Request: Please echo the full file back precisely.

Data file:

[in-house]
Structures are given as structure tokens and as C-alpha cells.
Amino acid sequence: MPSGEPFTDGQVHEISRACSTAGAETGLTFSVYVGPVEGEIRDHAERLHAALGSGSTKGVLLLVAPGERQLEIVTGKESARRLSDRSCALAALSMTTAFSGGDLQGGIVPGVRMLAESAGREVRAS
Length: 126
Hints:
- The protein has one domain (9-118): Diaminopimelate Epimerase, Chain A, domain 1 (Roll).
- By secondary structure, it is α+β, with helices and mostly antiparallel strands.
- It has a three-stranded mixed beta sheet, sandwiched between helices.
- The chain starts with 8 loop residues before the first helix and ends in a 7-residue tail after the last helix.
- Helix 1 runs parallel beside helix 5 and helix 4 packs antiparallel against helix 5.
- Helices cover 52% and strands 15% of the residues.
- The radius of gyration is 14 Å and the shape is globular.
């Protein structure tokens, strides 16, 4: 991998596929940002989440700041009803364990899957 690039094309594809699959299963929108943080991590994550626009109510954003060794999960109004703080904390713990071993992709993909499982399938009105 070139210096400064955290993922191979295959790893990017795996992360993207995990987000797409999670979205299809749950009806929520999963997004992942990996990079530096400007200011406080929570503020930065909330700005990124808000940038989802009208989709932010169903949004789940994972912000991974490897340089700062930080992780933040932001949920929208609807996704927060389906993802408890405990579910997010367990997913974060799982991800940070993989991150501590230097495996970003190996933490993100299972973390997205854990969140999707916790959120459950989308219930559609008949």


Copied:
[in-house]
Structures are given as structure tokens and as C-alpha cells.
Amino acid sequence: MPSGEPFTDGQVHEISRACSTAGAETGLTFSVYVGPVEGEIRDHAERLHAALGSGSTKGVLLLVAPGERQLEIVTGKESARRLSDRSCALAALSMTTAFSGGDLQGGIVPGVRMLAESAGREVRAS
Length: 126
Hints:
- The protein has one domain (9-118): Diaminopimelate Epimerase, Chain A, domain 1 (Roll).
- By secondary structure, it is α+β, with helices and mostly antiparallel strands.
- It has a three-stranded mixed beta sheet, sandwiched between helices.
- The chain starts with 8 loop residues before the first helix and ends in a 7-residue tail after the last helix.
- Helix 1 runs parallel beside helix 5 and helix 4 packs antiparallel against helix 5.
- Helices cover 52% and strands 15% of the residues.
- The radius of gyration is 14 Å and the shape is globular.
């Protein structure tokens, strides 16, 4: 991998596929940002989440700041009803364990899957 690039094309594809699959299963929108943080991590994550626009109510954003060794999960109004703080904390713990071993992709993909499982399938009105 070139210096400064955290993922191979295959790893990017795996992360993207995990987000797409999670979205299809749950009806929520999963997004992942990996990079530096400007200011406080929570503020930065909330700005990124808000940038989802009208989709932010169903949004789940994972912000991974490897340089700062930080992780933040932001949920929208609807996704927060389906993802408890405990579910997010367990997913974060799982991800940070993989991150501590230097495996970003190996933490993100299972973390997205854990969140999707916790959120459950989308219930559609008949």